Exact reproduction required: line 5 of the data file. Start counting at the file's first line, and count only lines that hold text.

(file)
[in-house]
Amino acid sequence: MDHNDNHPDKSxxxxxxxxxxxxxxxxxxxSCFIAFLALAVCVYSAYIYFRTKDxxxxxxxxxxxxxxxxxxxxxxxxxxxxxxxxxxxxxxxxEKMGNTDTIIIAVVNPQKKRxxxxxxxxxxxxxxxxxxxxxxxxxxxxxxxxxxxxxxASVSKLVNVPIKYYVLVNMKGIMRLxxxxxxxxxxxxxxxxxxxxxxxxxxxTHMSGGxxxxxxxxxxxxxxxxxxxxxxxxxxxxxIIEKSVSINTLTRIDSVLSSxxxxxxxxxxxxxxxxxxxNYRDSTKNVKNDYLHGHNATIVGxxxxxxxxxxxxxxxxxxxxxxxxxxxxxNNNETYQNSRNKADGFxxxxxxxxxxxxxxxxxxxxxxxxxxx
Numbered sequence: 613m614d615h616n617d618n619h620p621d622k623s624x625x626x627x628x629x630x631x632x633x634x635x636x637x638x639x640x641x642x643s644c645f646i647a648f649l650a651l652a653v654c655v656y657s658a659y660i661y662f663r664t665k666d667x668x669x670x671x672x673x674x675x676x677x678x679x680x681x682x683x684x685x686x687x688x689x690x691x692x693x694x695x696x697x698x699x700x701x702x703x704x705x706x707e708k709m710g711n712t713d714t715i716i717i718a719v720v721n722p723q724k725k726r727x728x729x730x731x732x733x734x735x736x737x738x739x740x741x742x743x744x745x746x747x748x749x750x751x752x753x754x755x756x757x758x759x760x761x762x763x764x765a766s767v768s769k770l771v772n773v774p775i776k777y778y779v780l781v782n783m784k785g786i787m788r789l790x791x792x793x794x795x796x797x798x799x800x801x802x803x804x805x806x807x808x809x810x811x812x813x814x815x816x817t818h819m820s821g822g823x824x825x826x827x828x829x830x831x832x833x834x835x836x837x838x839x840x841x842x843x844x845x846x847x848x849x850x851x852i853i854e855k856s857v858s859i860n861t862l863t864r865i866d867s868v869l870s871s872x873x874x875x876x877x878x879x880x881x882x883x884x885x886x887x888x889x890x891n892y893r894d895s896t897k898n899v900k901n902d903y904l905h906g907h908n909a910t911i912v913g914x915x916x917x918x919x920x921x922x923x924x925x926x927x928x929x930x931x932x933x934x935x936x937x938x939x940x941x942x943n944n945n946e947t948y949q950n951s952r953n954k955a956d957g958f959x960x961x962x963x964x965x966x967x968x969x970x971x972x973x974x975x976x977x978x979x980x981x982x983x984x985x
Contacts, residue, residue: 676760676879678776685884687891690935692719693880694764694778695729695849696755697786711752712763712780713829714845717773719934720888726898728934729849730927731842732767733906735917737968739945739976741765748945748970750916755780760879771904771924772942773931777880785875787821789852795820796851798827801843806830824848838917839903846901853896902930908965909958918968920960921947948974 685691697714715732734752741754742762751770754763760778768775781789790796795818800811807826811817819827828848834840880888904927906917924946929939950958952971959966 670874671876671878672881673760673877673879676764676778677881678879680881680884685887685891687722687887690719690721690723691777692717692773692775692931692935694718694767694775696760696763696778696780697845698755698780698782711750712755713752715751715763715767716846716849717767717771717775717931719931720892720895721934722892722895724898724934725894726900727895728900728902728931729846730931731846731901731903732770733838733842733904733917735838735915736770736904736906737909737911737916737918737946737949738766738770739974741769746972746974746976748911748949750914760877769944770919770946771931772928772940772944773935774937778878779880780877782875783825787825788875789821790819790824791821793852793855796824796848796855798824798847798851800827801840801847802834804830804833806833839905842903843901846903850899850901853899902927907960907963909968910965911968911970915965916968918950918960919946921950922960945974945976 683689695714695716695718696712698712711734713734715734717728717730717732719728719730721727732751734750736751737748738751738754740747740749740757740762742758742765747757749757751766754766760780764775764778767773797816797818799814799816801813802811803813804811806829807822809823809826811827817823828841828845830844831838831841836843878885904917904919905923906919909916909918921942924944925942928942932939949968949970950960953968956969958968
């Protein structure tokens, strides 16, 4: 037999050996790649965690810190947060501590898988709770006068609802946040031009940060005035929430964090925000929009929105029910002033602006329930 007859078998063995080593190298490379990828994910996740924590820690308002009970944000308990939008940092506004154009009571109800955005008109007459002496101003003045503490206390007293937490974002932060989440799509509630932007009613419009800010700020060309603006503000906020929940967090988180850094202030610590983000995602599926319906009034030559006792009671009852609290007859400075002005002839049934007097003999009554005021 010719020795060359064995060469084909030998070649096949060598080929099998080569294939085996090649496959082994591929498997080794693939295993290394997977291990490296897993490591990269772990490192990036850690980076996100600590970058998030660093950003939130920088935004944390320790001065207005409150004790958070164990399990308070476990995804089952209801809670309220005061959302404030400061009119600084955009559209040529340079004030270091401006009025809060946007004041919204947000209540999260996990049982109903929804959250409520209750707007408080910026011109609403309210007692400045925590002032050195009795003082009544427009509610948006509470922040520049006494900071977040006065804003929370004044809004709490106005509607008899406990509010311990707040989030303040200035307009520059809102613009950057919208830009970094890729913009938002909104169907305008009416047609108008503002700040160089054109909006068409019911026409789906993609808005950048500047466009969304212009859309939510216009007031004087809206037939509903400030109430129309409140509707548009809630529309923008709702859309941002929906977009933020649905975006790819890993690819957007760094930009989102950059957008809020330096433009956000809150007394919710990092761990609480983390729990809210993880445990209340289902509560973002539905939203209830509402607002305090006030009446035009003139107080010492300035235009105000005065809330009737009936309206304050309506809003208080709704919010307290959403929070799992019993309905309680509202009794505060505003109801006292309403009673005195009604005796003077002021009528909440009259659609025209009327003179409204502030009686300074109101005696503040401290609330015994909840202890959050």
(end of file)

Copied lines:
């Protein structure tokens, strides 16, 4: 037999050996790649965690810190947060501590898988709770006068609802946040031009940060005035929430964090925000929009929105029910002033602006329930 007859078998063995080593190298490379990828994910996740924590820690308002009970944000308990939008940092506004154009009571109800955005008109007459002496101003003045503490206390007293937490974002932060989440799509509630932007009613419009800010700020060309603006503000906020929940967090988180850094202030610590983000995602599926319906009034030559006792009671009852609290007859400075002005002839049934007097003999009554005021 010719020795060359064995060469084909030998070649096949060598080929099998080569294939085996090649496959082994591929498997080794693939295993290394997977291990490296897993490591990269772990490192990036850690980076996100600590970058998030660093950003939130920088935004944390320790001065207005409150004790958070164990399990308070476990995804089952209801809670309220005061959302404030400061009119600084955009559209040529340079004030270091401006009025809060946007004041919204947000209540999260996990049982109903929804959250409520209750707007408080910026011109609403309210007692400045925590002032050195009795003082009544427009509610948006509470922040520049006494900071977040006065804003929370004044809004709490106005509607008899406990509010311990707040989030303040200035307009520059809102613009950057919208830009970094890729913009938002909104169907305008009416047609108008503002700040160089054109909006068409019911026409789906993609808005950048500047466009969304212009859309939510216009007031004087809206037939509903400030109430129309409140509707548009809630529309923008709702859309941002929906977009933020649905975006790819890993690819957007760094930009989102950059957008809020330096433009956000809150007394919710990092761990609480983390729990809210993880445990209340289902509560973002539905939203209830509402607002305090006030009446035009003139107080010492300035235009105000005065809330009737009936309206304050309506809003208080709704919010307290959403929070799992019993309905309680509202009794505060505003109801006292309403009673005195009604005796003077002021009528909440009259659609025209009327003179409204502030009686300074109101005696503040401290609330015994909840202890959050």